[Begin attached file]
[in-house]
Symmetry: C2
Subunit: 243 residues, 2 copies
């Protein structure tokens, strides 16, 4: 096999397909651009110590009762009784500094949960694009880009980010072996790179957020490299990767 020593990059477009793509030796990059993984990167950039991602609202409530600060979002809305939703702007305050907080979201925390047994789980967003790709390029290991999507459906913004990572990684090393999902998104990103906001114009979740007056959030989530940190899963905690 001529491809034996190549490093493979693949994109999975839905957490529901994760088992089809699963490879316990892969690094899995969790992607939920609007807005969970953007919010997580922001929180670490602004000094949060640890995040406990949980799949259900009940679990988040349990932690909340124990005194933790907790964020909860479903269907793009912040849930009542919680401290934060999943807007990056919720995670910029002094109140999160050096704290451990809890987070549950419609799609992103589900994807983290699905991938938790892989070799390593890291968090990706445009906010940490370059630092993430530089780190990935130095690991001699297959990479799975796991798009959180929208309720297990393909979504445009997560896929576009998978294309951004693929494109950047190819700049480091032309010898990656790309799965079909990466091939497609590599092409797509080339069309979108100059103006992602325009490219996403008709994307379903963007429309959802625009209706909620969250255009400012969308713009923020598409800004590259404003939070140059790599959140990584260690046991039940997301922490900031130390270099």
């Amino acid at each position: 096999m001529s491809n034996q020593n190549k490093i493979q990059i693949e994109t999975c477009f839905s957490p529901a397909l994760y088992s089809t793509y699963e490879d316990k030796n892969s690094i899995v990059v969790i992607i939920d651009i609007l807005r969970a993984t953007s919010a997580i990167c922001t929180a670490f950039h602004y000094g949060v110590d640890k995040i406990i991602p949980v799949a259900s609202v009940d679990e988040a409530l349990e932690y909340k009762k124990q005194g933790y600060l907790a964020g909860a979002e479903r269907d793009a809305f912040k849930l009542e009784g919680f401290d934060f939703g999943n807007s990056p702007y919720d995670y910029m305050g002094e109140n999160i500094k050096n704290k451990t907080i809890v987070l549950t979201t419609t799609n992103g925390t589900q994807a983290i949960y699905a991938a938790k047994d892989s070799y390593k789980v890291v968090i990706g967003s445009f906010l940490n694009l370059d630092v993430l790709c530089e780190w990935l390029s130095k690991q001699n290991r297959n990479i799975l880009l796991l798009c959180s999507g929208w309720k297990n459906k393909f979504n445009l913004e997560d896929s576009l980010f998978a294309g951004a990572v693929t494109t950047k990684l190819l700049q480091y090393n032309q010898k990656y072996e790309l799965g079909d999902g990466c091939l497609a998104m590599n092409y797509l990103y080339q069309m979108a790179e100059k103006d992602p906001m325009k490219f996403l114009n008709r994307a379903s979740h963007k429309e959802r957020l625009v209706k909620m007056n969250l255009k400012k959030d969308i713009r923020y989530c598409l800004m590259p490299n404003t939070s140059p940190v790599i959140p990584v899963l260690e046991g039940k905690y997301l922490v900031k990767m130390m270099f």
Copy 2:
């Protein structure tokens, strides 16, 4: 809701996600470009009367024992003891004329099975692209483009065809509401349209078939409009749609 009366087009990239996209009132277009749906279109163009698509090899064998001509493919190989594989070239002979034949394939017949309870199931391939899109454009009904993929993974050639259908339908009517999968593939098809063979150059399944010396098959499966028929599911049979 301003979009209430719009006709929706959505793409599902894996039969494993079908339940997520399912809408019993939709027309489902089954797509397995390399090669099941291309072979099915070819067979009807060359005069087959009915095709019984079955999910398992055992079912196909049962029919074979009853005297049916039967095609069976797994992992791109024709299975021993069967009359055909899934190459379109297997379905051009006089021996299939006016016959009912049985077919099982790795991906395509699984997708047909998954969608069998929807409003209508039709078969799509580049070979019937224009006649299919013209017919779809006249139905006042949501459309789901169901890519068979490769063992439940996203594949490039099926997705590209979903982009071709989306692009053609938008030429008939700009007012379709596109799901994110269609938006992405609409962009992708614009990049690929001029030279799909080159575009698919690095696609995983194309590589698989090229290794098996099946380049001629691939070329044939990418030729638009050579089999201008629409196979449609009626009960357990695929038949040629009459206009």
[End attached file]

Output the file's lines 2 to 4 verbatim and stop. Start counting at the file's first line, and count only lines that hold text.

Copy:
Symmetry: C2
Subunit: 243 residues, 2 copies
């Protein structure tokens, strides 16, 4: 096999397909651009110590009762009784500094949960694009880009980010072996790179957020490299990767 020593990059477009793509030796990059993984990167950039991602609202409530600060979002809305939703702007305050907080979201925390047994789980967003790709390029290991999507459906913004990572990684090393999902998104990103906001114009979740007056959030989530940190899963905690 001529491809034996190549490093493979693949994109999975839905957490529901994760088992089809699963490879316990892969690094899995969790992607939920609007807005969970953007919010997580922001929180670490602004000094949060640890995040406990949980799949259900009940679990988040349990932690909340124990005194933790907790964020909860479903269907793009912040849930009542919680401290934060999943807007990056919720995670910029002094109140999160050096704290451990809890987070549950419609799609992103589900994807983290699905991938938790892989070799390593890291968090990706445009906010940490370059630092993430530089780190990935130095690991001699297959990479799975796991798009959180929208309720297990393909979504445009997560896929576009998978294309951004693929494109950047190819700049480091032309010898990656790309799965079909990466091939497609590599092409797509080339069309979108100059103006992602325009490219996403008709994307379903963007429309959802625009209706909620969250255009400012969308713009923020598409800004590259404003939070140059790599959140990584260690046991039940997301922490900031130390270099």